Testing this shouldn't be too hard to do - clear the codes (I'm guessing you'll have the lean codes after running the second trace) and unplug the MAF, it'll probably throw a code for the lack of the MAF and might go into limp mode but it should default to using the MAP sensor and a slightly rich fueling. The O2 sensor traces shouldn't flatline like they have so far, the fuel trims shouldn't have that steep drop and generally be a bit more stable and it won't throw the lean codes.

This was my theory yesterday and I hoped the second trace would confirm this, unfortunately it didn't quite do that, the time lag before the O2 readings flatline after going WOT don't quite fit which is concerning but not enough to make me throw the theory out. Would be good to see airflow readings for that run to see if that clarifies things a bit.

If it's not the MAF my next suggestion would be that there was injector issues, possibly dirt or contamination from the suspect fuel - if that's causing a restricted fuel flow then it would make sense that it was running lean when the revs rise. It fits with the inciting incident being the fill up - but not with the weird airflow readings in the first trace, if the MAF angle doesn't play out I'd be tempted to run some injector cleaner through and repeat the test to see if there's any difference.

Finally I appreciate that you need to be getting from A-B so are having to drive it but I'd be wary of driving it more than you absolutely have to (and gently at that) if it's running as lean as it appears then you're going to be seeing higher than normal exhaust gas temps (EGT) and you run the risk of damaging things like the catalytic converter and the lambda probes.

  • I'm leaning more toward fuel supply/injector issues at this point, I've logged another vehicle that has no issues and the MAF rate is the same low level (at idle) Commented Apr 17, 2019 at 14:07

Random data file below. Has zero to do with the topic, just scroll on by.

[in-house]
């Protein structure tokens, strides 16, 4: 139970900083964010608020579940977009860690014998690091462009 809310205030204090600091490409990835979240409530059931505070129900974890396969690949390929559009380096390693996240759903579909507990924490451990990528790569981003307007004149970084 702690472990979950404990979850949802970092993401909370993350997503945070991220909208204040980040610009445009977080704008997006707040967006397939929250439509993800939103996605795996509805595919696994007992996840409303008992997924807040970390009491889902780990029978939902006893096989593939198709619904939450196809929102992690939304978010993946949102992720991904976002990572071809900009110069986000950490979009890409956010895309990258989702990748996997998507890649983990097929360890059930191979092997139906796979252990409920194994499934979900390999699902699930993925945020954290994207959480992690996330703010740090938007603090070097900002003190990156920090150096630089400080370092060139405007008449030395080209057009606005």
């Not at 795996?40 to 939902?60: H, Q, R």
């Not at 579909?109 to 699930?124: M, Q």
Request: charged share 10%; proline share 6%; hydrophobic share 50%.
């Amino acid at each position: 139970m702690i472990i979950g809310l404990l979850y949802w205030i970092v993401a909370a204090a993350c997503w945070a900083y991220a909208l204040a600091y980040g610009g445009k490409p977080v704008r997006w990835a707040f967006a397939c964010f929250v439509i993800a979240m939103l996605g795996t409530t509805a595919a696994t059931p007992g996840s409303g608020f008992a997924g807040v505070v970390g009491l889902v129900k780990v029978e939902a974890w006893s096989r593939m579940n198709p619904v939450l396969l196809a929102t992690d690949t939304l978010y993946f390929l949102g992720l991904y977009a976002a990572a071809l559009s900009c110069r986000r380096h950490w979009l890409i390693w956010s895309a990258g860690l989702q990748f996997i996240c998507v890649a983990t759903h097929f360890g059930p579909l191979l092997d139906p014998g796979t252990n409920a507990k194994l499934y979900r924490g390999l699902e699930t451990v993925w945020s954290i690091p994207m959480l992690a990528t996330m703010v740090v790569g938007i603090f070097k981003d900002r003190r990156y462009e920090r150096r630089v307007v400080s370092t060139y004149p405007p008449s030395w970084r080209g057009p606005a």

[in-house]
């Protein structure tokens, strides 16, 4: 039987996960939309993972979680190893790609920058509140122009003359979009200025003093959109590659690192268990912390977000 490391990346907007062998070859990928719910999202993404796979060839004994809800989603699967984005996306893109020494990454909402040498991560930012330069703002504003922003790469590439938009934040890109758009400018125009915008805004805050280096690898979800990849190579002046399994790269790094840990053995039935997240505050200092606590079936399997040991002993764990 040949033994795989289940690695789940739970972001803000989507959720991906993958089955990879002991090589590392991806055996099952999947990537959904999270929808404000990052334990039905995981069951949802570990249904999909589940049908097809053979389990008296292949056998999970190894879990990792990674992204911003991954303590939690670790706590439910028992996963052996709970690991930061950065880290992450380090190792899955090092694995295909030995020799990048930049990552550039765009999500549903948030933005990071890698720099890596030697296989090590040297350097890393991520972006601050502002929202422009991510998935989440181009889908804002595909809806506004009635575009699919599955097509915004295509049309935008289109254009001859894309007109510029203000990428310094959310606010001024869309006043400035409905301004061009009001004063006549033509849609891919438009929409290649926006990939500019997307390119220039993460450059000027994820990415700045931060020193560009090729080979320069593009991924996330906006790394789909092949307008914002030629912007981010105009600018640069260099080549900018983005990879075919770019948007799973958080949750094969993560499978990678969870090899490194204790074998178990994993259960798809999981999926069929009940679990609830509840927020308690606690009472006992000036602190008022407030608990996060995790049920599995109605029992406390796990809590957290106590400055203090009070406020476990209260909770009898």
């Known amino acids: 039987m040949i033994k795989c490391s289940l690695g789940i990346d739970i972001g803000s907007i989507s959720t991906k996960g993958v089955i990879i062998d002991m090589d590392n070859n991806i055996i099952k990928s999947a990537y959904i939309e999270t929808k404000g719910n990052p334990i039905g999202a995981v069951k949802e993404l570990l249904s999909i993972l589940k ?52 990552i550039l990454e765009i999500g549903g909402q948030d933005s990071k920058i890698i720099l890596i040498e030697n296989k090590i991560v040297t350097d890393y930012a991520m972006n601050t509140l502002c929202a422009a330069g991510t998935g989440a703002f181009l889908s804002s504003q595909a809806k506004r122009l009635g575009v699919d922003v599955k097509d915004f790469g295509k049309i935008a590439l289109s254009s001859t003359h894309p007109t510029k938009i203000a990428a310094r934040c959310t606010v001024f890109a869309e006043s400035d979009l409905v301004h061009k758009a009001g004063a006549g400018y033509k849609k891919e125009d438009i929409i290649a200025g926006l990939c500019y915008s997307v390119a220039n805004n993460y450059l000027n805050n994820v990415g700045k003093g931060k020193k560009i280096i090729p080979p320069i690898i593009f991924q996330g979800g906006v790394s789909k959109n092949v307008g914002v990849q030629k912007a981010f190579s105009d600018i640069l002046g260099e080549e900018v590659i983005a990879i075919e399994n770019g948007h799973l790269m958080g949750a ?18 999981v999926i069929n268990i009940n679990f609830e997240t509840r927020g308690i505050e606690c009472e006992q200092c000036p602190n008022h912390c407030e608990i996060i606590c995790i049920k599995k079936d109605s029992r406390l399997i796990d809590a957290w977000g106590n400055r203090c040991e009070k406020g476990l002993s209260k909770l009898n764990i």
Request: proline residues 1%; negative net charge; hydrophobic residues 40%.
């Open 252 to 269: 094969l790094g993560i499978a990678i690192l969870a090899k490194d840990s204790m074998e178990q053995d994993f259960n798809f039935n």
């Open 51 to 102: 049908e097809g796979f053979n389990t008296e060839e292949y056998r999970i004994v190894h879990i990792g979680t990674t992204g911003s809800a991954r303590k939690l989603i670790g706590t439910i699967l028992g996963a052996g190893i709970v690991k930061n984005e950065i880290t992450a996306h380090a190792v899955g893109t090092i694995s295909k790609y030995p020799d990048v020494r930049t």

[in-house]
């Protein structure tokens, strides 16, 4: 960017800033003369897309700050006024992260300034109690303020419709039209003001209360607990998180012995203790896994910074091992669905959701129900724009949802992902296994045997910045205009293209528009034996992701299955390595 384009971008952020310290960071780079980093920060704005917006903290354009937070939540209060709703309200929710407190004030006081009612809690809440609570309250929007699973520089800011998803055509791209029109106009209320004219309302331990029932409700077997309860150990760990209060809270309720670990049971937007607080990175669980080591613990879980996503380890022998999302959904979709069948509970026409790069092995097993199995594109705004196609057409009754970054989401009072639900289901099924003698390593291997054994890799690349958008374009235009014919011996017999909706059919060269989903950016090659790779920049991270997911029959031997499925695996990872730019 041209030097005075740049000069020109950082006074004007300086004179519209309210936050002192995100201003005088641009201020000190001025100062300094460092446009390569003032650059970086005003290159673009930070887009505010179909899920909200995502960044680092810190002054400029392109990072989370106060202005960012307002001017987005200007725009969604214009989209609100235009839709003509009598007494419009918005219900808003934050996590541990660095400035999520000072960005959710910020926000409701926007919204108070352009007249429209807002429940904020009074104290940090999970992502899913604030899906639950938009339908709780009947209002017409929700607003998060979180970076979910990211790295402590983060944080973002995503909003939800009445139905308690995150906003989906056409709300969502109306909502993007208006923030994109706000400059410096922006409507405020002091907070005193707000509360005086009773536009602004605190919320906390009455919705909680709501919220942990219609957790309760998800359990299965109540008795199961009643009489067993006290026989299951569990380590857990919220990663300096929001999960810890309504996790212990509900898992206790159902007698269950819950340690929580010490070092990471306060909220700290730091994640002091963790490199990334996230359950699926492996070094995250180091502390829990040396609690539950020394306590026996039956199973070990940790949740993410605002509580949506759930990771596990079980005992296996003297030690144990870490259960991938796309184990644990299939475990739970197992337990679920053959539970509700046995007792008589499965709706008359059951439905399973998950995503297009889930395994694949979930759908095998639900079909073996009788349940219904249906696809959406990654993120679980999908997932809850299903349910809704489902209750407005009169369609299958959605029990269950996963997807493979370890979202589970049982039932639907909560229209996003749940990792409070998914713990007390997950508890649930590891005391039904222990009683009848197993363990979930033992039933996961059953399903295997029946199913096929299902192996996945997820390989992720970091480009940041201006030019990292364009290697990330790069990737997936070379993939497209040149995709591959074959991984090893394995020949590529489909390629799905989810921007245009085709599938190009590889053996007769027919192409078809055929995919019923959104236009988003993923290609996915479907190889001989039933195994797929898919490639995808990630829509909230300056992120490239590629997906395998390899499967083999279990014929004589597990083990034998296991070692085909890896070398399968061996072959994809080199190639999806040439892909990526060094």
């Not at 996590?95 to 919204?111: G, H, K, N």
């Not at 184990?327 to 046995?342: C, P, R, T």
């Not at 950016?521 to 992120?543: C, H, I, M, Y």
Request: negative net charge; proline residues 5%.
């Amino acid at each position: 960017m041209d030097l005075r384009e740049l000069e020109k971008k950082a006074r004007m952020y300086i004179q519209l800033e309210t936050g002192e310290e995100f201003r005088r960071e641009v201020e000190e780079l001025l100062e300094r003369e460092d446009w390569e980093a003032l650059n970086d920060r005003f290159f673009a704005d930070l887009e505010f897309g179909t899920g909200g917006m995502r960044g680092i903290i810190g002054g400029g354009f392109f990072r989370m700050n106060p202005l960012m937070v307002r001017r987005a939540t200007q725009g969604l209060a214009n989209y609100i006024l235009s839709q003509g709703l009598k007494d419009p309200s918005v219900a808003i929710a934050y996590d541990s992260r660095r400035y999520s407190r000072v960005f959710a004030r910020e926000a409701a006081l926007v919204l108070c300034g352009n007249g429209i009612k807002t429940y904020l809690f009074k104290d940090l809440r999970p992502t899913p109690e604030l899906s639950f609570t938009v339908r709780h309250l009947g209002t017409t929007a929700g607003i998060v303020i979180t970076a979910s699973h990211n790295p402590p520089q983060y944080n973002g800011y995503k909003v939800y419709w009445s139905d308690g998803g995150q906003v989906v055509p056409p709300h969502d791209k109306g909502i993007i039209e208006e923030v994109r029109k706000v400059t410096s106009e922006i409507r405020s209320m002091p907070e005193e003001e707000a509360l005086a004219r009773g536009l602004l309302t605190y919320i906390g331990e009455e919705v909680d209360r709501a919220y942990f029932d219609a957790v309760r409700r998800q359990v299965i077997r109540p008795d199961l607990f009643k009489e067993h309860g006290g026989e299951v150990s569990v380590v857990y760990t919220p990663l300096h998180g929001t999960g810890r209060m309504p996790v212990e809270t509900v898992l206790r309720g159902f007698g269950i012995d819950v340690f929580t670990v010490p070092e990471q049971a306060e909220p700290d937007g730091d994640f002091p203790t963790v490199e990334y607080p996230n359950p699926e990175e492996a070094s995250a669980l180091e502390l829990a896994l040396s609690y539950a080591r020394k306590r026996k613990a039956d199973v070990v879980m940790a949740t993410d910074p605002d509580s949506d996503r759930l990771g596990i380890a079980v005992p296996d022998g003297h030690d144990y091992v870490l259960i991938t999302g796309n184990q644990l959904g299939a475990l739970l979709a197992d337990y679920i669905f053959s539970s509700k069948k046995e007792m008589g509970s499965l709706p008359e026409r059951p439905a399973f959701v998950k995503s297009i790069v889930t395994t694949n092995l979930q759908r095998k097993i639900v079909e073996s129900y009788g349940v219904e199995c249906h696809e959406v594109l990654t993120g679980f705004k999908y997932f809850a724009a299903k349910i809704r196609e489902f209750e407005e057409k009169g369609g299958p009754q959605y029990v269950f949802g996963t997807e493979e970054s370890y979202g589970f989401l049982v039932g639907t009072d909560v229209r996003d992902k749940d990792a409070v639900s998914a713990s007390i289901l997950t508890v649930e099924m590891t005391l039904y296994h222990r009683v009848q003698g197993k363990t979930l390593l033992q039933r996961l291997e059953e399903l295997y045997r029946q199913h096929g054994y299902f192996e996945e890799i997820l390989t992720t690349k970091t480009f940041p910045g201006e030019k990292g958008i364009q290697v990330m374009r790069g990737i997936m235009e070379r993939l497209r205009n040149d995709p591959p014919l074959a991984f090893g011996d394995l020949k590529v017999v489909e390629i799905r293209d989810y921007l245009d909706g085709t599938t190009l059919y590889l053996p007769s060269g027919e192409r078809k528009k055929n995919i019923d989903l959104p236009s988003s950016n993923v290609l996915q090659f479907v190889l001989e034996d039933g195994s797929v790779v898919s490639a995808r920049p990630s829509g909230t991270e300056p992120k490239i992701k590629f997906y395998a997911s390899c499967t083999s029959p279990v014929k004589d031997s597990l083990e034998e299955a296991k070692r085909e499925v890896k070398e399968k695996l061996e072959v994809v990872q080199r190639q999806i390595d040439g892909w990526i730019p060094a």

• I have updated my question with another log from driving that has better MAF data vs throttle position and RPM. I am unsure what the spikes visible in the data are, but I'm going to blame them on the quality of my scan tool rather than read too much into them (or a bad ground affecting both the TPS and MAF? seems a bit far fetched) Commented Apr 17, 2019 at 14:18
  • @AaronPatrickson Yeah from Trace #3 the MAF looks a lot healthier and the log of the known good baseline suggests its a red herring - g/s numbers still look a little low to my eyes but some scan tools aren't great at calculating that and tbf I'm extrapolating from other vehicles anyway. I'd expect a bad ground to produce more scattershot symptoms but it's not impossible I guess, the most likely area now is fuel supply as you say - given you've replaced the fuel filter and pump that points at injectors. Commented Apr 17, 2019 at 14:54
  • @AaronPatrickson Some injector cleaner is probably the next logical step then. Commented Apr 17, 2019 at 14:54
  • Apologies, I completely spaced out and forgot to mention it has had several doses of injector cleaner through it, to no effect. The first few were weeks ago and didn't cause any change, yesterday I put another 2 bottles through and they caused it to run extremely poorly, which also put me on the fuel supply issue path. My thinking is that if it has a restricted supply, it is already starving for fuel, and by adding the injector cleaner I have reduced the proportion of combustible fluid, making the situation worse. Any thoughts on that concept? I don't know what exactly is in the cleaners. Commented Apr 17, 2019 at 15:13

Sorry for the late update, and thanks for all the help. We finally got the issue fixed: injectors. The old ones had basically no flow at all, except for one, which had way too much flow. I think this weird combination was what contributed to it being so hard to diagnose from the logs. In hindsight the massive boost to fuel was a big sign, but I only interpreted that as too much air rather than not enough fuel... thanks again for your help!